Why do we suffer? It's a core question of many religions, and the answers of the world's religions vary greatly. Eastern religions tend toward ignorance or karma as an answer, while Western religions explain suffering as estrangement between a creator and His creation. There are countless religious opinions on suffering, including indigenous traditions and lesser-known religions, but the world's four largest religions -- Hinduism, Buddhism, Christianity and Islam -- have the most widely embraced views of suffering.
Suffering in Hinduism
Hinduism explains suffering with the concept of karma, which is a moral law of cause and effect. If someone is suffering, Hinduism says it is due to a person's own actions. The problem can be in the present, but because Hinduism believes in reincarnation, the problem could also be in the past. Karma in Hinduism can be seen both theistically and non-theistically -- some Hindus believe a god is responsible for policing karma and others consider it a natural occurrence. Both views are valid expressions of Hinduism, according to the Berkeley Center for Religion, Peace and World Affairs.
Suffering in Buddhism
The Buddha famously said that existence is suffering, and the religion revolves around this premise. Buddhism teaches that the root cause of suffering is that humans lack the knowledge to relieve it, and the primary way to remedy this ignorance is through the Four Noble Truths and the Eightfold Path. The Four Noble Truths are a diagnosis and remedy for the disease of suffering: Suffering is inevitable in existence, desire causes suffering, desire can be removed and the Buddha has the prescription to remove it. The Eightfold path is Buddha's prescription to end suffering through self-discipline.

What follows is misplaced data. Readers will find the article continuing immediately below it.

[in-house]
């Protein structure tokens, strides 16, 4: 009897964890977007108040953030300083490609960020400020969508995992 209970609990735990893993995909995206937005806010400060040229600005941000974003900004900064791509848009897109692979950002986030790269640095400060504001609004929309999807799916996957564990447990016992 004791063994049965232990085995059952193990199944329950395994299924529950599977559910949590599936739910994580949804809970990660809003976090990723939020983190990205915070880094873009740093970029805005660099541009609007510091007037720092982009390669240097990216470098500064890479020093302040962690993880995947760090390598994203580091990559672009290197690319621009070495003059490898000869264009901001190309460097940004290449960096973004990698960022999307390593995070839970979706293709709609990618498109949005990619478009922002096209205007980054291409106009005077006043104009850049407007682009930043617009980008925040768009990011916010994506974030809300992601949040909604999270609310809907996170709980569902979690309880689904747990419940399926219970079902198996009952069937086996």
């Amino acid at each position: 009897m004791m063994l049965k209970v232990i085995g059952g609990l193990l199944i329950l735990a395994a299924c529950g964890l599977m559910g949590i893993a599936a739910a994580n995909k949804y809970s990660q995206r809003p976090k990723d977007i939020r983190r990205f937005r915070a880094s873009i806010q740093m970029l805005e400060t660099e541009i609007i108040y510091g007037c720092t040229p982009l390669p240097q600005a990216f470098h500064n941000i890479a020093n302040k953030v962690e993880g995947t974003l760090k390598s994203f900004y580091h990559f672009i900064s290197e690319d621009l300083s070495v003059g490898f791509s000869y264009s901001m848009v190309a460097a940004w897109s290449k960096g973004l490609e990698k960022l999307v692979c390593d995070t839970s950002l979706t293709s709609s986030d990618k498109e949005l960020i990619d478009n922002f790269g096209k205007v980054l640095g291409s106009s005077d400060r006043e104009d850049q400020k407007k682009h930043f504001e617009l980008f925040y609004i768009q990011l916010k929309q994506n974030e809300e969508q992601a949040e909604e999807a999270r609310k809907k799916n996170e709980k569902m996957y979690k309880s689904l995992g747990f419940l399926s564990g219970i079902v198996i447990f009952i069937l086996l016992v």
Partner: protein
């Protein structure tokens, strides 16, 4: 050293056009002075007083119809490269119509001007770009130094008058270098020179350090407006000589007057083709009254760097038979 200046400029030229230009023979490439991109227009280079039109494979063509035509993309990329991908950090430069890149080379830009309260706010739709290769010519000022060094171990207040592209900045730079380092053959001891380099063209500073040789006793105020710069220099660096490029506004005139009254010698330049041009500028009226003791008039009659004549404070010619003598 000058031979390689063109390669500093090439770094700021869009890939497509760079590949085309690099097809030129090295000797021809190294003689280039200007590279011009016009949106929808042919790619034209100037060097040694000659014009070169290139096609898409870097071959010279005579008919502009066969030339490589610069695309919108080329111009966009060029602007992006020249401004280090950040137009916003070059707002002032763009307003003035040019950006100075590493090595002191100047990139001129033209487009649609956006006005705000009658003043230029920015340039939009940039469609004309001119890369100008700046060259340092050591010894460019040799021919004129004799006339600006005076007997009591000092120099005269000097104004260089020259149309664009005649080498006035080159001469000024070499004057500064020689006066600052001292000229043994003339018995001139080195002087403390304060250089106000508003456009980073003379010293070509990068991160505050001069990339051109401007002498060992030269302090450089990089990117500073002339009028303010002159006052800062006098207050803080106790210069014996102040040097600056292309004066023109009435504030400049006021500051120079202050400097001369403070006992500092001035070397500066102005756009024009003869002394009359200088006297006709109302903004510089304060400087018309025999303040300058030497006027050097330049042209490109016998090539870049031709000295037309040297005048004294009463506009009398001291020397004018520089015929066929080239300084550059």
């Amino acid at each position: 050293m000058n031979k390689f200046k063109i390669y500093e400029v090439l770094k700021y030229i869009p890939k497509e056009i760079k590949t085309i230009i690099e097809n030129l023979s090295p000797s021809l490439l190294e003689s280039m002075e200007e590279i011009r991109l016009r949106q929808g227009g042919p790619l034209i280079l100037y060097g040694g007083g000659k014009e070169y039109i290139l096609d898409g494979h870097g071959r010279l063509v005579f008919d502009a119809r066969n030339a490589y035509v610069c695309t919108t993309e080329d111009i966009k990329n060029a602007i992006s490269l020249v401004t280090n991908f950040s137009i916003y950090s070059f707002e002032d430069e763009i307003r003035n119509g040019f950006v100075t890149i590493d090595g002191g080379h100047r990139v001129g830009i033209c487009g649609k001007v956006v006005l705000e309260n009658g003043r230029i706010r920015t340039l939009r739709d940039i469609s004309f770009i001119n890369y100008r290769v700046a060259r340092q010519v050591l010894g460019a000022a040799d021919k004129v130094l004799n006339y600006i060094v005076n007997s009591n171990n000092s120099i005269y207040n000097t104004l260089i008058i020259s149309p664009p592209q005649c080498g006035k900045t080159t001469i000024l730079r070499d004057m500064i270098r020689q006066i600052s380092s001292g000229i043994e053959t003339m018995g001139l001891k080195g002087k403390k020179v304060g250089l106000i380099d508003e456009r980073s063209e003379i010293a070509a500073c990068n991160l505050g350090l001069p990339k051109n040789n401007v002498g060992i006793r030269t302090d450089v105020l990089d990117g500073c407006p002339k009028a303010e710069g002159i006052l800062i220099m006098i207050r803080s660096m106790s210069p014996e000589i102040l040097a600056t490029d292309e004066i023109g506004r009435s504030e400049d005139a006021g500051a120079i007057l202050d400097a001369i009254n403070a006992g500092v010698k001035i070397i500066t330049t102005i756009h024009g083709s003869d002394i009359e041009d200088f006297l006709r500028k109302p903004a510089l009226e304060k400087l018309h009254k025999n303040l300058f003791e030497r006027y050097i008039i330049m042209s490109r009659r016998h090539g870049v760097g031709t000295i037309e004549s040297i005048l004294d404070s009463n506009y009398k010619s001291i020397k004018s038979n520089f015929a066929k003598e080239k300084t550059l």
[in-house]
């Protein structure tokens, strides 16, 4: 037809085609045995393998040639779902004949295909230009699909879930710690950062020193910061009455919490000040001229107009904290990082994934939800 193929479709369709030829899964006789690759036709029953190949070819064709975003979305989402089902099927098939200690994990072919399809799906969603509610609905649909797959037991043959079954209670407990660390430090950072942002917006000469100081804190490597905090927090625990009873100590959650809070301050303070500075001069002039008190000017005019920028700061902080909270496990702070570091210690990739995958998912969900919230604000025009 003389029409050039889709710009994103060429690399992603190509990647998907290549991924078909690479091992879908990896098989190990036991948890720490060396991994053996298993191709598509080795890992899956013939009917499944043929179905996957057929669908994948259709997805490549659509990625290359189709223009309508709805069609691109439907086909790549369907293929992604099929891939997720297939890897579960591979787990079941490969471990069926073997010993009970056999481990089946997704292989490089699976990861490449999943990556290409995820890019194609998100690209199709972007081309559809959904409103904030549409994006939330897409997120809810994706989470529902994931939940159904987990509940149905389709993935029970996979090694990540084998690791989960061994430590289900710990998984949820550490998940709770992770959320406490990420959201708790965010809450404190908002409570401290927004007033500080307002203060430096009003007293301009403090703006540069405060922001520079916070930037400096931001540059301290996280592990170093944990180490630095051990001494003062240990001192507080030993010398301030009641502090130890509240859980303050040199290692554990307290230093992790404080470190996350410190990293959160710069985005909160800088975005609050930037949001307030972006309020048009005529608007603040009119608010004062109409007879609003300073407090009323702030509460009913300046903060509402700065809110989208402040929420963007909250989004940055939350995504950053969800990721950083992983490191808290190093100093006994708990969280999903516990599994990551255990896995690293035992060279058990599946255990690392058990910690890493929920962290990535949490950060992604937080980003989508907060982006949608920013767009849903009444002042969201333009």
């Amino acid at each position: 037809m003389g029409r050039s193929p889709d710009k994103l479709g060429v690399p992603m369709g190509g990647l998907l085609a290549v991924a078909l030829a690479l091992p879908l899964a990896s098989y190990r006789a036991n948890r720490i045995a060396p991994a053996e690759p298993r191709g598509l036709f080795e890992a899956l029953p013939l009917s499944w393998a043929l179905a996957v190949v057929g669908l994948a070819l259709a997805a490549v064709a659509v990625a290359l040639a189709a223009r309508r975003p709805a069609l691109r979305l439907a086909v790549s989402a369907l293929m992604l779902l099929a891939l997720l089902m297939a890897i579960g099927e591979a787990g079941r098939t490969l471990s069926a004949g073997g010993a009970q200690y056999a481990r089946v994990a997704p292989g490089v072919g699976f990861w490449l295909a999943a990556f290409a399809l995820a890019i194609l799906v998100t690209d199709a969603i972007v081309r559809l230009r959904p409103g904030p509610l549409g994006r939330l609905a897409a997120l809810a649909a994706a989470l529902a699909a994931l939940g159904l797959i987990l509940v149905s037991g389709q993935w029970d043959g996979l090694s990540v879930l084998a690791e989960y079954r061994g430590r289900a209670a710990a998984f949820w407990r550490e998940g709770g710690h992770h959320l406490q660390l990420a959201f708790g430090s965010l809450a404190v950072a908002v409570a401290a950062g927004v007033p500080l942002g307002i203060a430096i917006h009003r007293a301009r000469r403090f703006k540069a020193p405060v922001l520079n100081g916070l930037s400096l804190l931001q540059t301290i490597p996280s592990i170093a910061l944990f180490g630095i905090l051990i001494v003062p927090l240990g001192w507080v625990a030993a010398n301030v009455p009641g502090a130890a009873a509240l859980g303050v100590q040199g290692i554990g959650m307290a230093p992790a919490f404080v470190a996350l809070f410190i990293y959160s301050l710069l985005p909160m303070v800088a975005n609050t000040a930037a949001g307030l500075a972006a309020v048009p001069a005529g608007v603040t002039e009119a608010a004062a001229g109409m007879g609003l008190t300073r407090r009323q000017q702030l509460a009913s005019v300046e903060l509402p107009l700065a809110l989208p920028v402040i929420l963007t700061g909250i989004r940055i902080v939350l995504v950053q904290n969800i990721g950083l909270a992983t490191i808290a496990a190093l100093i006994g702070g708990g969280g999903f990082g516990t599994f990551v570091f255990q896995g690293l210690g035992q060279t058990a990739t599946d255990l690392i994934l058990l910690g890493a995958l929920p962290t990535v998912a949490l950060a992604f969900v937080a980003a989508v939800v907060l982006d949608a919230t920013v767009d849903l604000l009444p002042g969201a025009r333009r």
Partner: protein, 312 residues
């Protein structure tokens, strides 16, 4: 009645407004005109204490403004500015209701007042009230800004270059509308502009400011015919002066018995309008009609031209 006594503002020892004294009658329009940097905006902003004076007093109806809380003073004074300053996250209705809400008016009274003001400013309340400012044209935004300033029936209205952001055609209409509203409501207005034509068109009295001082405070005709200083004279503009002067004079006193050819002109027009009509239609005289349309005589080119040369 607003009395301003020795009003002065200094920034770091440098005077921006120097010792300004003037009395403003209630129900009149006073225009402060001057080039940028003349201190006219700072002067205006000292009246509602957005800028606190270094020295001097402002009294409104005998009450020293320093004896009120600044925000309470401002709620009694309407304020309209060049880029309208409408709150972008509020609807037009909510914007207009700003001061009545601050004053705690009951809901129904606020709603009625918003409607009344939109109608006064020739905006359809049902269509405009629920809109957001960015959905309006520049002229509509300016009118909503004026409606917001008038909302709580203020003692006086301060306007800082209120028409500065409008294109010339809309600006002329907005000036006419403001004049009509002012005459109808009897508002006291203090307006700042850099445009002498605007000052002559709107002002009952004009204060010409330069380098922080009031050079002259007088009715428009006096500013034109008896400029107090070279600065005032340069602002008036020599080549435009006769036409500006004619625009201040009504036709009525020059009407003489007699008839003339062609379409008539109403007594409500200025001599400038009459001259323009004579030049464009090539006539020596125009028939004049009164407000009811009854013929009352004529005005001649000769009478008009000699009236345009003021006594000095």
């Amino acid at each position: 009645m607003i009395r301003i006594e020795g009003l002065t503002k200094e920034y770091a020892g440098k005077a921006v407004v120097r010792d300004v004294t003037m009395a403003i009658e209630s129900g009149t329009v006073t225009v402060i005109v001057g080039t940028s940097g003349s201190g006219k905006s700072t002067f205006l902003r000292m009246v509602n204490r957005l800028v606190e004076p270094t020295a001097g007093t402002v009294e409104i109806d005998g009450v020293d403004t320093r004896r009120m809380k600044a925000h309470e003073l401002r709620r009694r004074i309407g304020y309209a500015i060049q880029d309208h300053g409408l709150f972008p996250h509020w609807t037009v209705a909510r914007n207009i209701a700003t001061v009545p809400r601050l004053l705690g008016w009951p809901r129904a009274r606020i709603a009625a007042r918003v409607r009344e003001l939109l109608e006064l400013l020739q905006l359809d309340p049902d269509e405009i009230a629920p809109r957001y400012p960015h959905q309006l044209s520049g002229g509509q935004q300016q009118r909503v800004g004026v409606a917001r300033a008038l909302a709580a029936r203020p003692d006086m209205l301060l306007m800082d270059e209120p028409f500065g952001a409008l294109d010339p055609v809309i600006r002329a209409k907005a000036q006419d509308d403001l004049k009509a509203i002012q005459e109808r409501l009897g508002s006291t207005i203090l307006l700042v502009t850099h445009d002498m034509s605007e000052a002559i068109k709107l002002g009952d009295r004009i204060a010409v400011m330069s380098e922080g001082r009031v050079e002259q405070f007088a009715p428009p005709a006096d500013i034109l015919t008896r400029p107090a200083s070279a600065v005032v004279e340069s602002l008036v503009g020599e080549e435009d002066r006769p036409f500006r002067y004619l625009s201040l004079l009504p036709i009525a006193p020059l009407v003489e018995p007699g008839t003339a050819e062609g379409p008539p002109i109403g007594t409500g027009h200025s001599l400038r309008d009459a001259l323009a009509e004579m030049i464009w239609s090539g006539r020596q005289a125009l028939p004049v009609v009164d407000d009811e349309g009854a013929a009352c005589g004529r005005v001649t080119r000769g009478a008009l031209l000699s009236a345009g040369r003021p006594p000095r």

Suffering in Christianity
Christianity acknowledges the reality of suffering and attributes it to the sinful nature of humanity. Suffering in this world is a stone-cold reality in Christianity -- Jesus Christ Himself, God Incarnate, suffered betrayal, indignity, torture and a grueling death. Mark 10:45 calls this suffering a "ransom for many," and the "many" are those who believe in the redemptive power of Jesus Christ. Jesus, in Christian belief, is the path to overcoming the sinful nature that causes human suffering. In Christian belief, suffering is not alleviated by the teachings of Jesus, rather it is Jesus Himself that can ultimately relieve suffering in the afterlife.
Suffering in Islam
Like Christianity, Islam points to the afterlife for the ultimate removal of suffering. Suffering for the sake of God will be rewarded in heaven, but at the same time, there are many things a person can do to relieve suffering on Earth. Following the Sharia, or the straight path, is considered the surest way to submit to God in Islam, and the Quran, surah 5 verse 16, promises peace to those who seek to please God. The Sharia has both individual and societal components, which means alleviating suffering is both an individual and a community effort.
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